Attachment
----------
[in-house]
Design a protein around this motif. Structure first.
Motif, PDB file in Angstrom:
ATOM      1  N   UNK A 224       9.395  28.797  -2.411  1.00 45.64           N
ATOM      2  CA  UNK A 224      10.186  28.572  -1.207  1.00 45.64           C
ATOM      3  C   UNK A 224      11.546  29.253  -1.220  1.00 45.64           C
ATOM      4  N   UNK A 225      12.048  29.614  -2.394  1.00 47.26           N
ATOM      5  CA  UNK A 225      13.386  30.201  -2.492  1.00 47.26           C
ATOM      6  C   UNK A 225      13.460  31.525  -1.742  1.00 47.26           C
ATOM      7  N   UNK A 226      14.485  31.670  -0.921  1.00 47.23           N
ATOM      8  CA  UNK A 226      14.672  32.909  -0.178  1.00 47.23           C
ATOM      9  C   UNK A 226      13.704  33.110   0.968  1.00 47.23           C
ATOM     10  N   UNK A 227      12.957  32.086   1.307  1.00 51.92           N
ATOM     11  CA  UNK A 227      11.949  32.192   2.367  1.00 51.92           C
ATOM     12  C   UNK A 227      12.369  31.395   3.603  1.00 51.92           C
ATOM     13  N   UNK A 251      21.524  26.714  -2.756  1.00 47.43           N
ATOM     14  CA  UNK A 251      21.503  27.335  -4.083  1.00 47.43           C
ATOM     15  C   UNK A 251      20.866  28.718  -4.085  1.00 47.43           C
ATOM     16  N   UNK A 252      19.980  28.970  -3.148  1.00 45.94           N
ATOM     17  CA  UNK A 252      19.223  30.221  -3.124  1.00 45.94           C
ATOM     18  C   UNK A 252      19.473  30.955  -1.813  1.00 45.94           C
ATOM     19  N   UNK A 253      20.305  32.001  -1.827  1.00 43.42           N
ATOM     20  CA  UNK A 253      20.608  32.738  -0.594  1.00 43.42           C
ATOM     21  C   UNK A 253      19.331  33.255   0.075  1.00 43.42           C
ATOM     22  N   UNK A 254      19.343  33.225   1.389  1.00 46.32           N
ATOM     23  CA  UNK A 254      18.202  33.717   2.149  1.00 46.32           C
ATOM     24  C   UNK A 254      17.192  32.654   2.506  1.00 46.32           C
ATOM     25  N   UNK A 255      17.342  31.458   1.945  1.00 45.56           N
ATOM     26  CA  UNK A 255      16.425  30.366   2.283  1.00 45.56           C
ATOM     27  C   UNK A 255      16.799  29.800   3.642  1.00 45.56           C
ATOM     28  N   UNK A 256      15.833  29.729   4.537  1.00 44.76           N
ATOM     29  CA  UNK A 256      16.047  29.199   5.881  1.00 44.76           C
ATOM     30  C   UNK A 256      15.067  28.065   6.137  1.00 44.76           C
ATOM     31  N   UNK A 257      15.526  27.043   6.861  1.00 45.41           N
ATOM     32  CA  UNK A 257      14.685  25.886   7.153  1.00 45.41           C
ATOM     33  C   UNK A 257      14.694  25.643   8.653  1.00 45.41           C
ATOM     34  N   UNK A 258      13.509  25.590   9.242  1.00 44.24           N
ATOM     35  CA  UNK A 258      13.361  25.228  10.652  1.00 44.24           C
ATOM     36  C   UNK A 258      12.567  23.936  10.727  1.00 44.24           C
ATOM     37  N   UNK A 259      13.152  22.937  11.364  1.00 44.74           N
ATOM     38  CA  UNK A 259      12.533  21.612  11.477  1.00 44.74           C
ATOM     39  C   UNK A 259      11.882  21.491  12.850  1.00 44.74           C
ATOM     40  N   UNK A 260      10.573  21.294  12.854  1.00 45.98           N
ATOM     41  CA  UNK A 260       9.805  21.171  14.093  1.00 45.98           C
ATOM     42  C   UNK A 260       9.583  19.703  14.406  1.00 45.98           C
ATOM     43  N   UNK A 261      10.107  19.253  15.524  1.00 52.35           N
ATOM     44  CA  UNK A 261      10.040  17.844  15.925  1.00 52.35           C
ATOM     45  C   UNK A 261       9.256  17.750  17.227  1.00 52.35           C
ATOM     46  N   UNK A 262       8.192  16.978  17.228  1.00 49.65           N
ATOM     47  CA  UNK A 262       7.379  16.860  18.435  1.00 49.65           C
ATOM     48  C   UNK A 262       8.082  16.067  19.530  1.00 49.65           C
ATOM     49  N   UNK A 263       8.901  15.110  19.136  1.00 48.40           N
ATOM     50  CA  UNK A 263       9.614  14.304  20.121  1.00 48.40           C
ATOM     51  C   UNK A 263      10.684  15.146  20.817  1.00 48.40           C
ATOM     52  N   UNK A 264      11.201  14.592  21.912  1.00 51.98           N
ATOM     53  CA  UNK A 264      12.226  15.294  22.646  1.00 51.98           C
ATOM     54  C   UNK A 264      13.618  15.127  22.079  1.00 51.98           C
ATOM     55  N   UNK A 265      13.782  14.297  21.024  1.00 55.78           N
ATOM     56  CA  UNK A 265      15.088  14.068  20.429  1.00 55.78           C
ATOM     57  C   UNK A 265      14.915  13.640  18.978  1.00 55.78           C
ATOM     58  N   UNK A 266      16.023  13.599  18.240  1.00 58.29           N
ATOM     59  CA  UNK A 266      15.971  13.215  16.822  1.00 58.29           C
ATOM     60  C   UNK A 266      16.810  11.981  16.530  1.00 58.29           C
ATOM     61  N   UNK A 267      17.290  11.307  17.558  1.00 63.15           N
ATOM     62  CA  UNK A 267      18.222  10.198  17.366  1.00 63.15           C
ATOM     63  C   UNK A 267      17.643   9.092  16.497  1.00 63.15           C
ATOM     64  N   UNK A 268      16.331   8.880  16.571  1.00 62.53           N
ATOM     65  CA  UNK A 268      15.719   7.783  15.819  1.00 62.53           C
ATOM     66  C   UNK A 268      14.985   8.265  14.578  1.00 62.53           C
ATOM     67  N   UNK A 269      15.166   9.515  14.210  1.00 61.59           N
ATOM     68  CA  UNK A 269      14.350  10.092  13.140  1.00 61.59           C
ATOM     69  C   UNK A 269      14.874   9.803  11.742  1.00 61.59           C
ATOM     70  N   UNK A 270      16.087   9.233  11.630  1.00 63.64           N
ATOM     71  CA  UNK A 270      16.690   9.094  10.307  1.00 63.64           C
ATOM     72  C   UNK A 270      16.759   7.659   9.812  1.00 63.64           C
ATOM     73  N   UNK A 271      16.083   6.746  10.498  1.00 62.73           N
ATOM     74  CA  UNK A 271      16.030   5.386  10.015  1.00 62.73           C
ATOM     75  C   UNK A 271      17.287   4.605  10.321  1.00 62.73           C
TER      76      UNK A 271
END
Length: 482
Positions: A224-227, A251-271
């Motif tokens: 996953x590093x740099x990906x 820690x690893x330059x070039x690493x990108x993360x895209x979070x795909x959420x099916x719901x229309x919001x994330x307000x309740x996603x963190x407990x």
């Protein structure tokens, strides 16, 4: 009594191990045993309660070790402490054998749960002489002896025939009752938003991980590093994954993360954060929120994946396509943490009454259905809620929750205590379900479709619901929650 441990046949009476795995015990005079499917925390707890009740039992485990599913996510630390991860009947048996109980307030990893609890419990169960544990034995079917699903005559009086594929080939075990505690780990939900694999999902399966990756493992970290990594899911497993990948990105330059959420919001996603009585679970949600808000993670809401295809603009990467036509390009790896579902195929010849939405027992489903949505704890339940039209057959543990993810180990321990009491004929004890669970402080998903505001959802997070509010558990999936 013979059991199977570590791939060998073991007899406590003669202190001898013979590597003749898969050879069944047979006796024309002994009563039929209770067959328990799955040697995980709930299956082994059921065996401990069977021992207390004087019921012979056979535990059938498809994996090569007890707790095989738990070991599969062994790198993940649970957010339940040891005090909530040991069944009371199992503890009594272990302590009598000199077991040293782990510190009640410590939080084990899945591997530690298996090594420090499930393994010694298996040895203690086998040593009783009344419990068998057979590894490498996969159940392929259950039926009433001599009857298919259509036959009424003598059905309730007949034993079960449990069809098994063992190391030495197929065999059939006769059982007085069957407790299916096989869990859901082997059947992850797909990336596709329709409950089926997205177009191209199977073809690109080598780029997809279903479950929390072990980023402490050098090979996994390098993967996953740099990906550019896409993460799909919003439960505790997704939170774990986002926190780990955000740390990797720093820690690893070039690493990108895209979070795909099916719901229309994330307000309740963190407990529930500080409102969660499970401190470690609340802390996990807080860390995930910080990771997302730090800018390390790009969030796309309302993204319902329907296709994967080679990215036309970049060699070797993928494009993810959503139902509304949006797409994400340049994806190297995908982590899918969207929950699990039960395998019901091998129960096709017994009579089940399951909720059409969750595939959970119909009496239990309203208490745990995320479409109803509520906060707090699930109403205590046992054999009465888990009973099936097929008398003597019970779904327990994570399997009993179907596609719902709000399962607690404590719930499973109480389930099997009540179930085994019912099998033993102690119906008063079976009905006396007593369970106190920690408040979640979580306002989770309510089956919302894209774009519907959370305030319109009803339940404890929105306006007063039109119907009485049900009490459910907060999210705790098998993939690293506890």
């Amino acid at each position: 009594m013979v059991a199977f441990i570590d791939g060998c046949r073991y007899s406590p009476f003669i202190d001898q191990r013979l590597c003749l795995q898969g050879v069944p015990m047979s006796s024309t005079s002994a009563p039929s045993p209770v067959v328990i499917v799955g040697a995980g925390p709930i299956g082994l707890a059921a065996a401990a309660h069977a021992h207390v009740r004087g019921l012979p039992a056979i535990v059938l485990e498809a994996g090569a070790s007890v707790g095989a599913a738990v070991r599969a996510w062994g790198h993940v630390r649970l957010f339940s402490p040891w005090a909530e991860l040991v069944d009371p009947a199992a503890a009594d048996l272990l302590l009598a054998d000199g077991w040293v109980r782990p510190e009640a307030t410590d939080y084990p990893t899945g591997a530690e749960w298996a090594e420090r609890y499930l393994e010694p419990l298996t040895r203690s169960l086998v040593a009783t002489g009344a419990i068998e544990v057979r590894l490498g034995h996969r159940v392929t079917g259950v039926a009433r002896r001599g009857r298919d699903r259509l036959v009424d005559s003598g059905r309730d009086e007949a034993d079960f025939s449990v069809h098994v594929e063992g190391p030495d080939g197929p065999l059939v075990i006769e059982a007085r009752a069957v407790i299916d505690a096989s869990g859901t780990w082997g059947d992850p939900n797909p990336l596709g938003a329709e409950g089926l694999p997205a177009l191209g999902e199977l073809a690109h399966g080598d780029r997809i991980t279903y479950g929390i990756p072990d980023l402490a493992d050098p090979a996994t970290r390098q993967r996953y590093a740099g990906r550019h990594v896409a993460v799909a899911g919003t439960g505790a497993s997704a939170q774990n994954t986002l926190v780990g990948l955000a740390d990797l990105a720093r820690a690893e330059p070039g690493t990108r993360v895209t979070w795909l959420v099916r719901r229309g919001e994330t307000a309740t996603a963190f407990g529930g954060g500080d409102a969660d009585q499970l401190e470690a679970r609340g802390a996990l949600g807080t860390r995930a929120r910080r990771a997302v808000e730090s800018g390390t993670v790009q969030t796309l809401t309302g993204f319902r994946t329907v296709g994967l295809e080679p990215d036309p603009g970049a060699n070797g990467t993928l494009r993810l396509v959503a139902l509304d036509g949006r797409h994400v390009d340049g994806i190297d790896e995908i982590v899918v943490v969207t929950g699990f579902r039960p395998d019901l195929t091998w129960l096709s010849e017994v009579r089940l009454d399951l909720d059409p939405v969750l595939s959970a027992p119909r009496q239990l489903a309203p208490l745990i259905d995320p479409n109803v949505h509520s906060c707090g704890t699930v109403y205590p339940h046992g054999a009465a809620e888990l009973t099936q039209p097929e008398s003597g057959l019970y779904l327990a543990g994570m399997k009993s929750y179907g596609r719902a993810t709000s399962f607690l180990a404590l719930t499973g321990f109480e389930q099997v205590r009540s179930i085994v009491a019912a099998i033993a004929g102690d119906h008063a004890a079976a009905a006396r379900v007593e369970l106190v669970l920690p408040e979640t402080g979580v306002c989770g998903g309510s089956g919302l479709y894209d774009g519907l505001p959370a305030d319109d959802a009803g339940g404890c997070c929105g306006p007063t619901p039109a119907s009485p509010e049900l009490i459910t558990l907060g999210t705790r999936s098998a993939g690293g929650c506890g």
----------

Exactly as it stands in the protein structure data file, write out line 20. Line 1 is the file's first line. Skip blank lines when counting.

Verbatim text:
ATOM     17  CA  UNK A 252      19.223  30.221  -3.124  1.00 45.94           C